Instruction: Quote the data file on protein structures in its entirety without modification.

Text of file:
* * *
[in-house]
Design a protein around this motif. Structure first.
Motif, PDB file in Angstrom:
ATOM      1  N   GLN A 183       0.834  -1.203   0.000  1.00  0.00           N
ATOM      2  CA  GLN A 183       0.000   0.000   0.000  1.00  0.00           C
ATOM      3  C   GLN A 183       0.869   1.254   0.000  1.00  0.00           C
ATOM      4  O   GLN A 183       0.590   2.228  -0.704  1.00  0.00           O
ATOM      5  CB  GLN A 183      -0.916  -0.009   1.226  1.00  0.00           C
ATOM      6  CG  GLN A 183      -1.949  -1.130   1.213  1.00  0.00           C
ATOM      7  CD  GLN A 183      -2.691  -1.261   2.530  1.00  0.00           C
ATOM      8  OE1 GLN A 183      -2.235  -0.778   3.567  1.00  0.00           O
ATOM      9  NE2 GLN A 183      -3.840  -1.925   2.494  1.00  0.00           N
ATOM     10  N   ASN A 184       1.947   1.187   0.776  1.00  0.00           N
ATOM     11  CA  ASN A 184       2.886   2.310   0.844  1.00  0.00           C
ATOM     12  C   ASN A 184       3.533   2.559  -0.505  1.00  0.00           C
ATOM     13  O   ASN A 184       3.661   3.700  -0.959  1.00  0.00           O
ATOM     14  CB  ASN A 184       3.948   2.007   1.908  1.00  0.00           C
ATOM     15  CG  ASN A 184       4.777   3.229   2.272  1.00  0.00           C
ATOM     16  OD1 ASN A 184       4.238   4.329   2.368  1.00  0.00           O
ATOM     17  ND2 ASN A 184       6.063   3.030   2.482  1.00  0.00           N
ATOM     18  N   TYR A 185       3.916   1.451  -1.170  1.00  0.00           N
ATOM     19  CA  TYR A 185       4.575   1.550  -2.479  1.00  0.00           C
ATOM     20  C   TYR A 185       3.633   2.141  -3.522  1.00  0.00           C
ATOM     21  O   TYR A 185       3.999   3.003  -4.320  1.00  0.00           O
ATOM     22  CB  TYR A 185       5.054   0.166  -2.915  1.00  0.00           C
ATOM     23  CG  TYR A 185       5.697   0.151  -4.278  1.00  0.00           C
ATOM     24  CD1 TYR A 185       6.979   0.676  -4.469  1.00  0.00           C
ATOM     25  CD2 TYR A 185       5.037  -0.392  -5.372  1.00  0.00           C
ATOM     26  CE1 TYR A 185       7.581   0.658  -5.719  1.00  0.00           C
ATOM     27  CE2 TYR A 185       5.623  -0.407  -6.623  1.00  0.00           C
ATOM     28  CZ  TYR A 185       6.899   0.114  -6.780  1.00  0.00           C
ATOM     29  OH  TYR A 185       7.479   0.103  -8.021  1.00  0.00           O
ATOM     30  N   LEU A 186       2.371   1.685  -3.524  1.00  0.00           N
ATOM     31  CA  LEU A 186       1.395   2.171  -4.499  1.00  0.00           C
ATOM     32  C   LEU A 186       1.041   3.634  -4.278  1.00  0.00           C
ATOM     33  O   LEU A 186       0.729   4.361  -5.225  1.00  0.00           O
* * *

[in-house]
Design a protein around this motif. Structure first.
Motif, PDB file in Angstrom:
ATOM      1  N   GLN A 183       0.834  -1.203   0.000  1.00  0.00           N
ATOM      2  CA  GLN A 183       0.000   0.000   0.000  1.00  0.00           C
ATOM      3  C   GLN A 183       0.869   1.254   0.000  1.00  0.00           C
ATOM      4  O   GLN A 183       0.590   2.228  -0.704  1.00  0.00           O
ATOM      5  CB  GLN A 183      -0.916  -0.009   1.226  1.00  0.00           C
ATOM      6  CG  GLN A 183      -1.949  -1.130   1.213  1.00  0.00           C
ATOM      7  CD  GLN A 183      -2.691  -1.261   2.530  1.00  0.00           C
ATOM      8  OE1 GLN A 183      -2.235  -0.778   3.567  1.00  0.00           O
ATOM      9  NE2 GLN A 183      -3.840  -1.925   2.494  1.00  0.00           N
ATOM     10  N   ASN A 184       1.947   1.187   0.776  1.00  0.00           N
ATOM     11  CA  ASN A 184       2.886   2.310   0.844  1.00  0.00           C
ATOM     12  C   ASN A 184       3.533   2.559  -0.505  1.00  0.00           C
ATOM     13  O   ASN A 184       3.661   3.700  -0.959  1.00  0.00           O
ATOM     14  CB  ASN A 184       3.948   2.007   1.908  1.00  0.00           C
ATOM     15  CG  ASN A 184       4.777   3.229   2.272  1.00  0.00           C
ATOM     16  OD1 ASN A 184       4.238   4.329   2.368  1.00  0.00           O
ATOM     17  ND2 ASN A 184       6.063   3.030   2.482  1.00  0.00           N
ATOM     18  N   TYR A 185       3.916   1.451  -1.170  1.00  0.00           N
ATOM     19  CA  TYR A 185       4.575   1.550  -2.479  1.00  0.00           C
ATOM     20  C   TYR A 185       3.633   2.141  -3.522  1.00  0.00           C
ATOM     21  O   TYR A 185       3.999   3.003  -4.320  1.00  0.00           O
ATOM     22  CB  TYR A 185       5.054   0.166  -2.915  1.00  0.00           C
ATOM     23  CG  TYR A 185       5.697   0.151  -4.278  1.00  0.00           C
ATOM     24  CD1 TYR A 185       6.979   0.676  -4.469  1.00  0.00           C
ATOM     25  CD2 TYR A 185       5.037  -0.392  -5.372  1.00  0.00           C
ATOM     26  CE1 TYR A 185       7.581   0.658  -5.719  1.00  0.00           C
ATOM     27  CE2 TYR A 185       5.623  -0.407  -6.623  1.00  0.00           C
ATOM     28  CZ  TYR A 185       6.899   0.114  -6.780  1.00  0.00           C
ATOM     29  OH  TYR A 185       7.479   0.103  -8.021  1.00  0.00           O
ATOM     30  N   LEU A 186       2.371   1.685  -3.524  1.00  0.00           N
ATOM     31  CA  LEU A 186       1.395   2.171  -4.499  1.00  0.00           C
ATOM     32  C   LEU A 186       1.041   3.634  -4.278  1.00  0.00           C
ATOM     33  O   LEU A 186       0.729   4.361  -5.225  1.00  0.00           O